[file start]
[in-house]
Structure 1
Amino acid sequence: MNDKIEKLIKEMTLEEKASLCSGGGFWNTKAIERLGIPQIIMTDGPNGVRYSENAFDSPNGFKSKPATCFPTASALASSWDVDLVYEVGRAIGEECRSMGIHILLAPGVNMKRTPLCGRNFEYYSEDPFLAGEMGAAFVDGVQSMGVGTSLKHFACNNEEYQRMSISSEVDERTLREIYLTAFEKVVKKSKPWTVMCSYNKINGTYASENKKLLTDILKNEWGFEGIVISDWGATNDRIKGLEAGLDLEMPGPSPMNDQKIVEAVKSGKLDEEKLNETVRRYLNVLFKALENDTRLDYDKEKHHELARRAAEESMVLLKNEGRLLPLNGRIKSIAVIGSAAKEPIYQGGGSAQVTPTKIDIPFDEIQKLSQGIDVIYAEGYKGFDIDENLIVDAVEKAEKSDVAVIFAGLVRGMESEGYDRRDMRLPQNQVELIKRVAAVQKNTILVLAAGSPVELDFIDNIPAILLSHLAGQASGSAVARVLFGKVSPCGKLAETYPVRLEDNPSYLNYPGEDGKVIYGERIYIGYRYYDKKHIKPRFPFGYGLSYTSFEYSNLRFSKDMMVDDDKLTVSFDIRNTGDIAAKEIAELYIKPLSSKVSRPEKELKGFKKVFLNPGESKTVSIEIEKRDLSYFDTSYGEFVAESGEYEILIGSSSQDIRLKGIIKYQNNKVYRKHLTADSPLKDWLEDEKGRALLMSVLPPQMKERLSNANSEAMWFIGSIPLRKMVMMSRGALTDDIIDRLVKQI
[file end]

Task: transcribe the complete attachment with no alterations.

[in-house]
Structure 1
Amino acid sequence: MNDKIEKLIKEMTLEEKASLCSGGGFWNTKAIERLGIPQIIMTDGPNGVRYSENAFDSPNGFKSKPATCFPTASALASSWDVDLVYEVGRAIGEECRSMGIHILLAPGVNMKRTPLCGRNFEYYSEDPFLAGEMGAAFVDGVQSMGVGTSLKHFACNNEEYQRMSISSEVDERTLREIYLTAFEKVVKKSKPWTVMCSYNKINGTYASENKKLLTDILKNEWGFEGIVISDWGATNDRIKGLEAGLDLEMPGPSPMNDQKIVEAVKSGKLDEEKLNETVRRYLNVLFKALENDTRLDYDKEKHHELARRAAEESMVLLKNEGRLLPLNGRIKSIAVIGSAAKEPIYQGGGSAQVTPTKIDIPFDEIQKLSQGIDVIYAEGYKGFDIDENLIVDAVEKAEKSDVAVIFAGLVRGMESEGYDRRDMRLPQNQVELIKRVAAVQKNTILVLAAGSPVELDFIDNIPAILLSHLAGQASGSAVARVLFGKVSPCGKLAETYPVRLEDNPSYLNYPGEDGKVIYGERIYIGYRYYDKKHIKPRFPFGYGLSYTSFEYSNLRFSKDMMVDDDKLTVSFDIRNTGDIAAKEIAELYIKPLSSKVSRPEKELKGFKKVFLNPGESKTVSIEIEKRDLSYFDTSYGEFVAESGEYEILIGSSSQDIRLKGIIKYQNNKVYRKHLTADSPLKDWLEDEKGRALLMSVLPPQMKERLSNANSEAMWFIGSIPLRKMVMMSRGALTDDIIDRLVKQI